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5 ways records access has changed my working life

C+D reports on how the rollout of summary care records is progressing

1. Positive impact on practice

Being able to access the SCR should give pharmacists faster and more holistic interactions with patients, something which pharmacist Nirvair Singh at Day Lewis Pharmacy in Sonning Common, near Reading, says is already having a “positive impact” on his practice.

“We have got much more access to patients’ information now, which was long overdue,” he says. “This is certainly helpful as we can be more informed about a patient’s medicines history and the medicines they are taking, which is easier than having to ring a receptionist at the GP surgery to get information – not to mention being more accurate and much quicker.”

Access to a patient’s backstory of medication has already had life-changing effects for some. Jignesh Patel is a pharmacist and director at Rohpharm Pharmacy in Plaistow, east London, which is piloting EMIS Health’s GP Record Viewer (GPRV) to access its customers’ GP records. He says the pilot has made “a massive difference to patient care right from the start”.

“For instance, because we have access to kidney and thyroid test results, we were able to identify patients who looked to be heading for renal failure, but this hadn’t been picked up anywhere else because they hadn’t seen their GPs for a couple of years,” he says.


2. Faster out-of-hours care

SCR access is also proving its worth outside of GP practice hours, according to Mr Singh, who says it comes into its own when “a GP isn’t available and patients don’t know their medical history or what they have on repeat”.

For Wicker Pharmacy in Sheffield, this has meant “a lot less of trying to phone surgeries, and more of being able to sort out people’s problems immediately”, according to owner Martin Bennett. This is particularly the case in extended hours and at weekends when surgeries are mainly shut, he says, adding that patients are often surprised to be asked for permission to access their records. “Most people assume we were doing that already,” says Mr Bennett.


3. Minor adjustments, big wins 

Mr Singh says there wasn’t really much that needed to change to accommodate SCR access in terms of space or equipment. He says: “We did have to make sure the team was aware of the criteria around when to access it, what we can do with it and the necessary patient consent.”

Subsequent recording on the patient medical record (PMR) also takes time, according to Mr Bennett, who says that while “SCR access does involve more work, it has sorted out a lot of problems for patients and saved the NHS thousands of pounds – even just from our pharmacy – by keeping people out of A&E and out-of-hours services”.


4. Everyone on side – almost

Mr Singh says the biggest hurdle could be patient consent, but not because they don’t want to give it.

“Every time you need to access the SCR for a patient you have to have their consent, but of course there may be scenarios where patients are unable to give it or they are not there themselves. But so far we have not experienced that,” he says.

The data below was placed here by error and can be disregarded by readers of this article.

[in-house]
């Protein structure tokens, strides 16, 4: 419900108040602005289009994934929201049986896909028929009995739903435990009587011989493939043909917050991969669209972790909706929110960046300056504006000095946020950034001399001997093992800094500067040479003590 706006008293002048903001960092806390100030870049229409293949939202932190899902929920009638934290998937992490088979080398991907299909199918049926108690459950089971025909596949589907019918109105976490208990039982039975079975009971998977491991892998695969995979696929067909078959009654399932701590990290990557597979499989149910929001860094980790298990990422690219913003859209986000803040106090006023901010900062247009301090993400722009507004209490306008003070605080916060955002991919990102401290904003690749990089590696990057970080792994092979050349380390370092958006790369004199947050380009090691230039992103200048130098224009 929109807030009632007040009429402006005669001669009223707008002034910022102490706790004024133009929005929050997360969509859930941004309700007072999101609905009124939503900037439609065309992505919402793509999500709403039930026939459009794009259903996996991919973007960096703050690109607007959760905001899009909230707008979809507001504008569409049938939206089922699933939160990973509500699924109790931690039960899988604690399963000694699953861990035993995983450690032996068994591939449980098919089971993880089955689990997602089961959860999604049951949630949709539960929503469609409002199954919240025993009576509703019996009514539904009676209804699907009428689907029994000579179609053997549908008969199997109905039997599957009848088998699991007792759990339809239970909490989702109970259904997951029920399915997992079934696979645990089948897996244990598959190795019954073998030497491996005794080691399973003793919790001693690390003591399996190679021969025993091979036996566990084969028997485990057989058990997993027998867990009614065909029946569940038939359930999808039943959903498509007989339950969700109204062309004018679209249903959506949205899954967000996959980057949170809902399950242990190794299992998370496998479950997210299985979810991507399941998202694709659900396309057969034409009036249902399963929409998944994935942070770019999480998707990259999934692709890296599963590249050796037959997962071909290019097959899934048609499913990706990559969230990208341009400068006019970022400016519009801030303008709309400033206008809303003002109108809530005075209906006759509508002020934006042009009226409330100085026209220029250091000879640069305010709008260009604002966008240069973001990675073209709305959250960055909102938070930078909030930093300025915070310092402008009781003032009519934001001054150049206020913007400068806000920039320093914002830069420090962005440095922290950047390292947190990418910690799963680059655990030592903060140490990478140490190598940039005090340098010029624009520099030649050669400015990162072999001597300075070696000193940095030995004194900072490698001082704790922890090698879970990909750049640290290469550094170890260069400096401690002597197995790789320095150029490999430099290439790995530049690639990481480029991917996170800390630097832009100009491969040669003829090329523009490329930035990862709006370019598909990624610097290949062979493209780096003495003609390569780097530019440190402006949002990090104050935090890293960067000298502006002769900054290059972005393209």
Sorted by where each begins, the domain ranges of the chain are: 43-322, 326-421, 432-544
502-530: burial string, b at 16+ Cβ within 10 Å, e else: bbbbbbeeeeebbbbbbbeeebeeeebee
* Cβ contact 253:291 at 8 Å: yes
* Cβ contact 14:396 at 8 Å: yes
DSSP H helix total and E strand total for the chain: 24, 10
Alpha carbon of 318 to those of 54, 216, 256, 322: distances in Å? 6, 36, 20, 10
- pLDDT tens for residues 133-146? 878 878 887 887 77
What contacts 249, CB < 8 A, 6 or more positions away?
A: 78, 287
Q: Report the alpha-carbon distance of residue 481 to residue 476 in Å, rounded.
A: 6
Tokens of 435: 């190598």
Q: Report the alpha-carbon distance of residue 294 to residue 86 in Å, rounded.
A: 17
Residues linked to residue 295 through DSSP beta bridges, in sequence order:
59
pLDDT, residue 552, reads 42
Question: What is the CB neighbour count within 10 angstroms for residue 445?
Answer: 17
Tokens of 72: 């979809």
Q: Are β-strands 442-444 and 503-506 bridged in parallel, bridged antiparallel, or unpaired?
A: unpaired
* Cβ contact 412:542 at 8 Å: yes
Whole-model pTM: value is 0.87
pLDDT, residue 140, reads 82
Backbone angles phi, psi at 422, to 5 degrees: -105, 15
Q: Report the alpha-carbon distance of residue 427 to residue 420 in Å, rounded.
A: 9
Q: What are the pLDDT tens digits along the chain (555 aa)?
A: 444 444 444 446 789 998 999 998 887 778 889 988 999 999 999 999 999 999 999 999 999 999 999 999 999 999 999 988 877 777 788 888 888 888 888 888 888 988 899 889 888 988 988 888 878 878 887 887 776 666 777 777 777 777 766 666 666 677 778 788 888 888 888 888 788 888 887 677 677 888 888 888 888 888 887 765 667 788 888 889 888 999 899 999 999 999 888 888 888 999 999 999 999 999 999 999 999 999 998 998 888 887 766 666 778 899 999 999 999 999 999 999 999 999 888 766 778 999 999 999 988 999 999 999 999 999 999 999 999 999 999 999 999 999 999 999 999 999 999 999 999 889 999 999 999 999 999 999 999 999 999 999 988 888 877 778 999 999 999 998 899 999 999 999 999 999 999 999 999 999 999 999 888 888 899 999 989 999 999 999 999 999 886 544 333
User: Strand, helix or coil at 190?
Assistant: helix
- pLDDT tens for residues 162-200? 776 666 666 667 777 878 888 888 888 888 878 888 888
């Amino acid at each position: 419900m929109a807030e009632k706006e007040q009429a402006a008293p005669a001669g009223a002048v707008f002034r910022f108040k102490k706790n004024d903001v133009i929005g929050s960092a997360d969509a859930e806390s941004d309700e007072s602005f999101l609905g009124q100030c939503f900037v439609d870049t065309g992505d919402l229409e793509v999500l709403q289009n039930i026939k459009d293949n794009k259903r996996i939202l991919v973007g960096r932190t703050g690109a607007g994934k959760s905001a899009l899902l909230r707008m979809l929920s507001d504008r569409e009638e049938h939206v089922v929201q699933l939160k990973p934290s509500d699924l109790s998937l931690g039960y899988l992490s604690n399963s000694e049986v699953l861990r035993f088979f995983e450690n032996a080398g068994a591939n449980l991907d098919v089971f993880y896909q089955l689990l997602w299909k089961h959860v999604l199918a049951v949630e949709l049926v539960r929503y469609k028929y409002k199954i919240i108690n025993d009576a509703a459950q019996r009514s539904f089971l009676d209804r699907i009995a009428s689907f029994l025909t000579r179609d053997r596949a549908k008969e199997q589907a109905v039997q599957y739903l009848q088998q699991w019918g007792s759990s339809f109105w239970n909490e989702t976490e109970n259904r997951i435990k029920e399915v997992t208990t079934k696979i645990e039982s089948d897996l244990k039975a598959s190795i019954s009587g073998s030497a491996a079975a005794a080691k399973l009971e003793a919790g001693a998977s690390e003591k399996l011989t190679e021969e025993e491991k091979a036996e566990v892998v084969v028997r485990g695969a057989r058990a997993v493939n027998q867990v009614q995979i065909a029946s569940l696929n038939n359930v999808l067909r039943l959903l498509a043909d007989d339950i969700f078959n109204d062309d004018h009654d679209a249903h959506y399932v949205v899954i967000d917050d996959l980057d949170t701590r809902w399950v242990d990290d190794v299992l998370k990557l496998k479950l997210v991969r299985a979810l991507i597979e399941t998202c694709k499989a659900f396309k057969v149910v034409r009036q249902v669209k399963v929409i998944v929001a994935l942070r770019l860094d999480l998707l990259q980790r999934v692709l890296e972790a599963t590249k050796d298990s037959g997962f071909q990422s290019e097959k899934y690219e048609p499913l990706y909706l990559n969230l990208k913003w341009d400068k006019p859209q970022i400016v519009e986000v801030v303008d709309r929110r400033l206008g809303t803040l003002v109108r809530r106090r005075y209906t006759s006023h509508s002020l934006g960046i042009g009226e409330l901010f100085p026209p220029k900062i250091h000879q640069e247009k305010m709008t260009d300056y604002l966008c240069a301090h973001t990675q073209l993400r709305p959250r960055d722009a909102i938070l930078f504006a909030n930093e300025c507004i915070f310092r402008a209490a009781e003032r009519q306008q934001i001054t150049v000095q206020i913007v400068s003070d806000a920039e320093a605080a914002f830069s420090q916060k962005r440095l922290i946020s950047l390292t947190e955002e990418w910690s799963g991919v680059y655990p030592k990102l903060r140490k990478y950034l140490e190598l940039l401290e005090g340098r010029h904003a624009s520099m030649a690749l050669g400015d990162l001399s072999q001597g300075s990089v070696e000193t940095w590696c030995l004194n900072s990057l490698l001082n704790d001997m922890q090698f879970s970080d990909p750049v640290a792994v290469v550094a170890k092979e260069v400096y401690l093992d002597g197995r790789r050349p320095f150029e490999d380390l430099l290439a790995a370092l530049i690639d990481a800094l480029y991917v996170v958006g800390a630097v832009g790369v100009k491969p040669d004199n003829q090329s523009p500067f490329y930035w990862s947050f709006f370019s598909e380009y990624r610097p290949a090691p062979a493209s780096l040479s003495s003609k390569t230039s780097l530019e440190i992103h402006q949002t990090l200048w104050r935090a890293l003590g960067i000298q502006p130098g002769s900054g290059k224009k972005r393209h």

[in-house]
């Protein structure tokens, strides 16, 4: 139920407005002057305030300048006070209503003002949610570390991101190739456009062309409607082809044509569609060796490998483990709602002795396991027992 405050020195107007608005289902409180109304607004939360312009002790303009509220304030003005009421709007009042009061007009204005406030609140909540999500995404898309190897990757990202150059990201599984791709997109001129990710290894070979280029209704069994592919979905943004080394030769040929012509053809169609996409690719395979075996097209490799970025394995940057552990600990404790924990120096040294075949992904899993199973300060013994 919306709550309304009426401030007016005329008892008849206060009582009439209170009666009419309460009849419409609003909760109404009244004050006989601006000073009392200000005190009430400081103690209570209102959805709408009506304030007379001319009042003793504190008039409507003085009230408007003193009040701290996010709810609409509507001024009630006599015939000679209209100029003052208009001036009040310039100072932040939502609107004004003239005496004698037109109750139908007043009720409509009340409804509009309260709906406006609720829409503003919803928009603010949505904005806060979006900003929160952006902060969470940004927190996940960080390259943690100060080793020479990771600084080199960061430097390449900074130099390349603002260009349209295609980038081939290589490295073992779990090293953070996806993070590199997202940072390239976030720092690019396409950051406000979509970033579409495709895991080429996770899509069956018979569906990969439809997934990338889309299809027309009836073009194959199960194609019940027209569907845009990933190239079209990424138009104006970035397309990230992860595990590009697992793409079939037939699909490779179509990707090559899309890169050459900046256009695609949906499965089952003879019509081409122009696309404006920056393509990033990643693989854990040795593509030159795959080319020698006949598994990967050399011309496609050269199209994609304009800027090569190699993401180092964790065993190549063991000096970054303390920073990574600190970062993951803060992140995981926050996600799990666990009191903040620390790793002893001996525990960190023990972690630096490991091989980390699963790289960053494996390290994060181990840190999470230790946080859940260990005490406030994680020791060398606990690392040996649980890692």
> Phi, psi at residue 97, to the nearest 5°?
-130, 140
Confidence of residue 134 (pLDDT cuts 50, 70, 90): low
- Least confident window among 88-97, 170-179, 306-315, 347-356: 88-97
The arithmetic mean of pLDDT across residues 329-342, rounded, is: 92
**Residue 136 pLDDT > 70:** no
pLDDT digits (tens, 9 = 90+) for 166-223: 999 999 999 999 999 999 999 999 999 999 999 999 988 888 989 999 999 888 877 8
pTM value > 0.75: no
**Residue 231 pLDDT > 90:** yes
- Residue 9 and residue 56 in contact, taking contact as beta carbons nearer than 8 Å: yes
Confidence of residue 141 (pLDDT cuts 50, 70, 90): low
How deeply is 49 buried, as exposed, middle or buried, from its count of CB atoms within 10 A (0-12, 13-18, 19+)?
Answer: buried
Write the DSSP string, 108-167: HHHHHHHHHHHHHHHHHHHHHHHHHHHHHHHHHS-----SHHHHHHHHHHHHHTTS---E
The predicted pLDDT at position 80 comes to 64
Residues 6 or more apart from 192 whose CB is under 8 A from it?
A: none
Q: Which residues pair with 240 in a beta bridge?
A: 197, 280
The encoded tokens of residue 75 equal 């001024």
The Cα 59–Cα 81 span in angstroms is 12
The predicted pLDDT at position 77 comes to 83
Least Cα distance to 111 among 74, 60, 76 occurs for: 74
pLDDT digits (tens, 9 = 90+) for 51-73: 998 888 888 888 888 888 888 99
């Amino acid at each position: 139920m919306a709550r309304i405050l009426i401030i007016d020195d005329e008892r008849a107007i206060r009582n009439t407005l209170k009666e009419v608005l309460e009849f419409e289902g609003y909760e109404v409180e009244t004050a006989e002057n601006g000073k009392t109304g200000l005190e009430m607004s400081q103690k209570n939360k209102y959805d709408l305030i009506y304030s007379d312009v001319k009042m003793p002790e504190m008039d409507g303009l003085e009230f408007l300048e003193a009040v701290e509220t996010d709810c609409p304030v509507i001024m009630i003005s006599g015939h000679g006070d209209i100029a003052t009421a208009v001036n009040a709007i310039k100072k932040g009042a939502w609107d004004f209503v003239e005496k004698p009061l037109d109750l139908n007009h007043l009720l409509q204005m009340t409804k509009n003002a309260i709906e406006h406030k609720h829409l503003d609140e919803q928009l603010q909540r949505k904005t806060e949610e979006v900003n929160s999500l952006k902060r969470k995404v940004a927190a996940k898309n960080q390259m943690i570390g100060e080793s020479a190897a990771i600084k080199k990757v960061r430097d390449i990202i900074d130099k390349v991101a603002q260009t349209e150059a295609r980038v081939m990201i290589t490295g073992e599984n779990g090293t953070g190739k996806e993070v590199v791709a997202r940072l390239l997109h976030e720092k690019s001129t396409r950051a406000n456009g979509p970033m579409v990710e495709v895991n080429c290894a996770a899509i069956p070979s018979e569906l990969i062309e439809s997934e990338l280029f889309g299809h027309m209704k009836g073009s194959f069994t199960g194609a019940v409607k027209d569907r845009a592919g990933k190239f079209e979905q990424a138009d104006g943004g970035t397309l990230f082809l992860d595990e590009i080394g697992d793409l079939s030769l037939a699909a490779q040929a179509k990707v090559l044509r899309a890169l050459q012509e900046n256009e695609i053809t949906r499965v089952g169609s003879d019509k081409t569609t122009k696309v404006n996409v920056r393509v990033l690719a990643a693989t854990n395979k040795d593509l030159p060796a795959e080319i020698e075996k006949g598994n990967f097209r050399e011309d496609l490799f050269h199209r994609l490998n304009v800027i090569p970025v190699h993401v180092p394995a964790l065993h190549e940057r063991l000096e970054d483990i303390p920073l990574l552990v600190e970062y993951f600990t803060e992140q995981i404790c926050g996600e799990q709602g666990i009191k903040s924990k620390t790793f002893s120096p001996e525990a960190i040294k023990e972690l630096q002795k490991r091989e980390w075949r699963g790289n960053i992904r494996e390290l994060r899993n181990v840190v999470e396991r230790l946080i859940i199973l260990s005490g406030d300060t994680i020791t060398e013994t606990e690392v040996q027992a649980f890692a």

Mr Bennett says: “In fact, patients tend to say ‘Where do I sign?’ and are only too pleased to let us see their records – especially people coming from out of the area, such as the gentleman recently who had left his medicines on the train.”

The only issue Mr Patel has come up against has been with GPs.

“So far, only proactive GPs have wanted to work with us on this,” he says. “Some of the older-style practices have actually been obstructive and said patients don’t want it, but that’s not what the patients are telling us.

“Maybe some GPs were worried what we might find out; what errors we might spot and whether that would open up a can of worms.”


5. Doing pharmacy better

Using a system that can help patients – thanks to faster access and clinical information – is also benefiting the profession. Pharmacy has long been working on its standing as a first port of call for expert health advice.

Mr Bennett says: “SCR access can clearly do a great deal for patients and the NHS, but it is also more satisfying for pharmacists that we can do our job even better – although it would be greatly improved if we could write to it, not just read it.

“Nonetheless, we’ve already had a few patients give us positive comments online because we sorted out their problems so quickly – this reinforces the clinical expert aspect of community pharmacy.”

 

 


How has SCR changed your working life? 

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1 Comments

Harry Tolly, Pharmacist

Here are 5 ways in which access to SCR will change my working life :

1/  It will mean that I am accepting liability for checking the SCR even for a routine script

2/ It increases my workload (for which I get no extra help)

3/ It means that I have to ensure that my smartcard is not used by the Saturday girl to look up a neighbours SCR. Have to keep a very tight eye on it.

4/ It will probably increase personal indemnity insurance as the risk for missing an opportunity to check a SCR will inevitably lead to claims.

5/ A huge missed opportunity as direction of information is one way..GP to pharmacist. I would love to log on every Diphenyhydramine or co-codamol sale via the SCR system.

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